This gives Letsoaka scant hope that the LFAs junior leagues will remain functional. “What are the credentials of the people who head those regions? Most just got to be there, and are not football people.”
Letsoaka has a bleak outlook on the grassroots structure of South African football, too. “In football development, it’s like a school where a child will go through pre-primary, primary, high school, university, and be in a career. The starting point is grassroots, of children between six and 12. In South Africa, this is the biggest gap in football. Everybody is looking for a boy who is 14, 15. The aim is if I can get a boy in the national Under-17 team, there is a possibility this boy may get a contract overseas and this is quick money for me. So, we start our development very late.
“I think maybe in the Western Cape you will find Under-8, Under-10 playing, maybe in some parts of Joburg… it can’t be more than 10% of the country where you have teams from the age of six. It’s like saying, ‘My child will only attend schooling from high school.’
“We know schools football was very strong. And today we do not have these creative players because we have killed schools football. We have also killed the club system. At amateur level, somebody will start a team and his aim is to be promoted to the next level, or produce one or two good players who might go to a big team and he will get R200 000 or R300 000, and he’s only got 25 or 30 players registered. But before, you used to have A, B, C, D and E teams. The two major things that produced players for us in the country have been killed, schools and club football.
“We used to have Indian communities playing football from morning every Saturday, all the divisions playing. Do you ever see a lot of street football when you are passing through a township, like you used to? TV, PlayStation, cellphones keep children inside. There are a lot of things football is competing with. So you have to attract children as early as possible.”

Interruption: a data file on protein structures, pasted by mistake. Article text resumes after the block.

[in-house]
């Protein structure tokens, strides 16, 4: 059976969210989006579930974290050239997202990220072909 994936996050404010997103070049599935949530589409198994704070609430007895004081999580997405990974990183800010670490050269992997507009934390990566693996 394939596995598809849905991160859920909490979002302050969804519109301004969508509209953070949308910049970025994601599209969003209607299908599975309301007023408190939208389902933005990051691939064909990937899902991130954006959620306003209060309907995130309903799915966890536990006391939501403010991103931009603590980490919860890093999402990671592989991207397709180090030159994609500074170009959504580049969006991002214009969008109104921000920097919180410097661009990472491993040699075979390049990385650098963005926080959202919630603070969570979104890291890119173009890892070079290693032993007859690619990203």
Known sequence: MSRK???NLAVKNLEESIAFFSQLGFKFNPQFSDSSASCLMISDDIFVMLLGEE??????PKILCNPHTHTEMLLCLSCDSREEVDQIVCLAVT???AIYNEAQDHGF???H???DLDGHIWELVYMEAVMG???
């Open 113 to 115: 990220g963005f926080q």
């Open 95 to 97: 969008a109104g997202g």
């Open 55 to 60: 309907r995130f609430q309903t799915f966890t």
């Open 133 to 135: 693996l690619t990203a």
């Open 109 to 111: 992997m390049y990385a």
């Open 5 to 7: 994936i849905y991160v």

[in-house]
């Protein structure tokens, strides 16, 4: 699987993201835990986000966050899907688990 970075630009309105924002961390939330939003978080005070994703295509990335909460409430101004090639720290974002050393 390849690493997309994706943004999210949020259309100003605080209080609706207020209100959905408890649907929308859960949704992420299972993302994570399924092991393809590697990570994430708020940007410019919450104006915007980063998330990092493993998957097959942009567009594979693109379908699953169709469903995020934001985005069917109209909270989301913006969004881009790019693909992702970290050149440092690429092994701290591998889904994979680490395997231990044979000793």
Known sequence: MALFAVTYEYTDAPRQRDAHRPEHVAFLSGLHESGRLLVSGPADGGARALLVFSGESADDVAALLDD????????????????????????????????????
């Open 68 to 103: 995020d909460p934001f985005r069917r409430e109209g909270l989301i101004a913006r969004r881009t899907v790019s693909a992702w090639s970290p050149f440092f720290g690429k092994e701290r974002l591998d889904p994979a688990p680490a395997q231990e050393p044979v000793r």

Letsoaka agreed that nine satellites for the School of Excellence could produce talent, even within a dysfunctional Safa. “How could we have fast-tracked Vision 2022? Every province needed to have an academy, your Under-15 and Under-17. At one stage, every child in this country wanted to be selected at the School of Excellence. And maybe in the last five years, the schools’ talent identification was lacking. They would go to a place like Bloemfontein and just call a trial. It was not the structured system we needed, but they are still producing players. So I am saying if we had an academy like the School of Excellence in each province, we should definitely be producing the players we want.
“Before, we used to have provincial youth tournaments – one year in Durban, the next Bloemfontein – where you had the 52 regions and the schools. We don’t have that any more for your Under-17s. How can that be? You don’t need a scientist to conduct research, you need your nine provincial academies.”
A former educator, Letsoaka has insights into why school football died. “One factor was they put principals under pressure for academic results. So the principal who did not understand that an intelligent child is one involved in sports decided to say, ‘We cut sport, and these children must just study and study.’ I think also the Department of Sport should have fought the Department of Education more to make sure we had better schools sport.
“Secondly, we resorted to too many knockout schools tournaments. You are a good player, your school is knocked out in the first round, you are left out [of higher selection].”
Letsoaka agreed that the stalling of provincial schools football, and the lack of a tournament along the lines of rugby’s Craven Week, is a huge deficiency. “Why is rugby so strong? It’s because of the schools and provincial tournaments. Why are the rugby players so big and football players so small? Young rugby players attend a school together, eat properly in that boarding school. Diet is such a significant thing for soccer players. Our most talented players come from poor backgrounds. If you take that boy into an academy where he will eat three meals, be guided properly, he will be similarly physically developed to the rugby players. Go to the Department of Sport and say we want to do academies. We have so many colleges of education that were closed, you don’t need new buildings.
“Year after year we will not qualify, we will be firing the coaches. We are not looking at the real problem. Take Lewis Hamilton and give him a Toyota. I’m not an experienced driver, in his car I will beat him.”